Fed Sees Rising Economic Growth—and Inflation; Moves Up Rate Hike Timetable
The Federal Reserve isn’t raising interest rates anytime soon, but it did suggest Wednesday that the timetable for increases could begin sooner in 2023 if economic growth and inflation continue to rise faster than expected.
In its statement yesterday following its regularly scheduled two-day policy meeting, the Federal Open Market Committee noted a rise in inflation, but said financial conditions remain “accommodative.”
“The Committee would be prepared to adjust the stance of monetary policy as appropriate if risks emerge that could impede the attainment of the Committee’s goals,” the FOMC said. “The Committee’s assessments will take into account a wide range of information, including readings on public health, labor market conditions, inflation pressures and inflation expectations and financial and international developments.”
“The Fed noted that inflation has moved further and faster than expected, even as the job market has not yet fully recovered,” said Mike Fratantoni, Chief Economist with the Mortgage Bankers Association. “This poses a challenge, as any move to slow inflation would at least somewhat slow the path back to full employment. Although the statement noted that the increase in inflation is ‘largely’ due to transitory factors, this recognizes that some of the price increases are likely to persist for a longer period.”
Fratantoni noted FOMC participants show in their forecasts that they now anticipate faster growth and higher inflation in the near-term, and an increase in short-term rates in 2023—consistent with MBA’s forecast.
“Longer-term interest rates, including mortgage rates, jumped earlier this year as vaccinations began and the government pushed more fiscal stimulus into the economy,” Fratantoni said. “In the past few months, mortgage rates have moved within a very narrow range. While the Fed has not yet laid out specific plans with respect to tapering their Treasury and MBS purchases, the changes in their forecasts for the economy, and for their rate target, suggests that tapering is close at hand. As a result, mortgage rates are likely primed to move at least somewhat higher.”
The FOMC statement appears below:
“The Federal Reserve is committed to using its full range of tools to support the U.S. economy in this challenging time, thereby promoting its maximum employment and price stability goals.
“Progress on vaccinations has reduced the spread of COVID-19 in the United States. Amid this progress and strong policy support, indicators of economic activity and employment have strengthened. The sectors most adversely affected by the pandemic remain weak but have shown improvement. Inflation has risen, largely reflecting transitory factors. Overall financial conditions remain accommodative, in part reflecting policy measures to support the economy and the flow of credit to U.S. households and businesses.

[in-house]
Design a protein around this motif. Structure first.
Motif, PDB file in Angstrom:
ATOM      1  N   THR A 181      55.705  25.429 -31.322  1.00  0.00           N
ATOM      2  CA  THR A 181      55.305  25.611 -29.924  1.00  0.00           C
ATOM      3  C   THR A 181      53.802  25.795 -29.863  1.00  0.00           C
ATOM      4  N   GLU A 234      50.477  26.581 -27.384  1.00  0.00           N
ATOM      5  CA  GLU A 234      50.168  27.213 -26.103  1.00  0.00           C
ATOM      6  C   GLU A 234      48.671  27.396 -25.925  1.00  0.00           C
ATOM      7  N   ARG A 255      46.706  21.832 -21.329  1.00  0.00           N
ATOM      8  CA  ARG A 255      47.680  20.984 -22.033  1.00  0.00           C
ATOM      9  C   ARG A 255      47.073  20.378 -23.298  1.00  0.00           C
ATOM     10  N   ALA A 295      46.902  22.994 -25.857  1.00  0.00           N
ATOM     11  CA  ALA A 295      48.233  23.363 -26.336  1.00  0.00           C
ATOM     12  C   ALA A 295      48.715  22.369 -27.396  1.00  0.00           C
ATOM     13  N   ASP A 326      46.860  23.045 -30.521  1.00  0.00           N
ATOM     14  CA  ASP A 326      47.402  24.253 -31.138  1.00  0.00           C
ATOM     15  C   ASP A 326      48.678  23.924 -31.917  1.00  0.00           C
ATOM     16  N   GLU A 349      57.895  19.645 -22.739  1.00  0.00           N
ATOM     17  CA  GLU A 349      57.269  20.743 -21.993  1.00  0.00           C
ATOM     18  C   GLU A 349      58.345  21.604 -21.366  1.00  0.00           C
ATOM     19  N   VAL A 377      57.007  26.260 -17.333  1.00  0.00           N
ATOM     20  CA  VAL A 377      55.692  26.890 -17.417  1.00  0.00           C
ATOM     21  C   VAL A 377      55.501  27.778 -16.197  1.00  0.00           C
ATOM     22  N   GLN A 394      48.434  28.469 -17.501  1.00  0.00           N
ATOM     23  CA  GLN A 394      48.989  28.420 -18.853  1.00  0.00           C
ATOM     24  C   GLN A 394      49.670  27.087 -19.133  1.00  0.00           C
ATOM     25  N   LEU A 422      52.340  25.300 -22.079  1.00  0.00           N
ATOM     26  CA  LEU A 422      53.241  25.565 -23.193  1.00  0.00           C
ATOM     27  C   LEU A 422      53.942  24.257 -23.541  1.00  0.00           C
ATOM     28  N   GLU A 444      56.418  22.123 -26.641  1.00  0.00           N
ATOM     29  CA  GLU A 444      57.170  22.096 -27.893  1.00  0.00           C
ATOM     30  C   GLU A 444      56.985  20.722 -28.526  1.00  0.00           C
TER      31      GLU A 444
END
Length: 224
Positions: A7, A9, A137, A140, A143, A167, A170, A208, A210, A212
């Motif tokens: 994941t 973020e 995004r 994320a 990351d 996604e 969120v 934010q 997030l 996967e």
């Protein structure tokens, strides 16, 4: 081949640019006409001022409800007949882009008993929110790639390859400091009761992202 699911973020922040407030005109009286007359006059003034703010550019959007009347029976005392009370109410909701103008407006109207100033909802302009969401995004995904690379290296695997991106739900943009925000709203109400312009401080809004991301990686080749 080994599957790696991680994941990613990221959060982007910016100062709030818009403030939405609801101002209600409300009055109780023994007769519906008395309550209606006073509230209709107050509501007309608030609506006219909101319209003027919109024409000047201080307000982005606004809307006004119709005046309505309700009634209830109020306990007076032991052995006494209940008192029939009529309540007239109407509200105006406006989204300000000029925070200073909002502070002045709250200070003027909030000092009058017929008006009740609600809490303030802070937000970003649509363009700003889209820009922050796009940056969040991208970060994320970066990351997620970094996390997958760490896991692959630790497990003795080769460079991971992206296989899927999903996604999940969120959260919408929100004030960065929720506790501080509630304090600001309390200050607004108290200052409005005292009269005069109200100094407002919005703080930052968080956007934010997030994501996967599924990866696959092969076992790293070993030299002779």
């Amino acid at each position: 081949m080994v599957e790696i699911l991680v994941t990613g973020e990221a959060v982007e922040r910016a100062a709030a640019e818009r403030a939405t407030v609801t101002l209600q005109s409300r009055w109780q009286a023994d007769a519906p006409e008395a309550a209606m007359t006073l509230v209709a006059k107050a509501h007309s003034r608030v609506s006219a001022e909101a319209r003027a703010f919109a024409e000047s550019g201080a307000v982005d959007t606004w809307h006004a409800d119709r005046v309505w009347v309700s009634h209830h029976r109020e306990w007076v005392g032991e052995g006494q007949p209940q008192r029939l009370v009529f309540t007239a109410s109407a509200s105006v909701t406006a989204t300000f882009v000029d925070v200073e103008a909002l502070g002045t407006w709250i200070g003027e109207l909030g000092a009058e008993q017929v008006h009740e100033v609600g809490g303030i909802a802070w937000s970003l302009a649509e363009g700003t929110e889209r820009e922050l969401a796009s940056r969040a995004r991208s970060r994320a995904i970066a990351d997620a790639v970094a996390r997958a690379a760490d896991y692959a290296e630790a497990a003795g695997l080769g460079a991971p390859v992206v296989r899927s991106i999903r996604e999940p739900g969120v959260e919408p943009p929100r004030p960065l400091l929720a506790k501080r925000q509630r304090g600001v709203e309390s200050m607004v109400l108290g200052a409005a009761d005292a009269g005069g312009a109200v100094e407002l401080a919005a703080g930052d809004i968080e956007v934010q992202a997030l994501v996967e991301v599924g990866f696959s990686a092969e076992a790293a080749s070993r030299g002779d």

“The path of the economy will depend significantly on the course of the virus. Progress on vaccinations will likely continue to reduce the effects of the public health crisis on the economy, but risks to the economic outlook remain.
“The Committee seeks to achieve maximum employment and inflation at the rate of 2 percent over the longer run. With inflation having run persistently below this longer-run goal, the Committee will aim to achieve inflation moderately above 2 percent for some time so that inflation averages 2 percent over time and longer‑term inflation expectations remain well anchored at 2 percent. The Committee expects to maintain an accommodative stance of monetary policy until these outcomes are achieved. The Committee decided to keep the target range for the federal funds rate at 0 to 1/4 percent and expects it will be appropriate to maintain this target range until labor market conditions have reached levels consistent with the Committee’s assessments of maximum employment and inflation has risen to 2 percent and is on track to moderately exceed 2 percent for some time. In addition, the Federal Reserve will continue to increase its holdings of Treasury securities by at least $80 billion per month and of agency mortgage‑backed securities by at least $40 billion per month until substantial further progress has been made toward the Committee’s maximum employment and price stability goals. These asset purchases help foster smooth market functioning and accommodative financial conditions, thereby supporting the flow of credit to households and businesses.
“In assessing the appropriate stance of monetary policy, the Committee will continue to monitor the implications of incoming information for the economic outlook. The Committee would be prepared to adjust the stance of monetary policy as appropriate if risks emerge that could impede the attainment of the Committee’s goals. The Committee’s assessments will take into account a wide range of information, including readings on public health, labor market conditions, inflation pressures and inflation expectations, and financial and international developments.
“Voting for the monetary policy action were Jerome H. Powell, Chair; John C. Williams, Vice Chair; Thomas I. Barkin; Raphael W. Bostic; Michelle W. Bowman; Lael Brainard; Richard H. Clarida; Mary C. Daly; Charles L. Evans; Randal K. Quarles; and Christopher J. Waller.”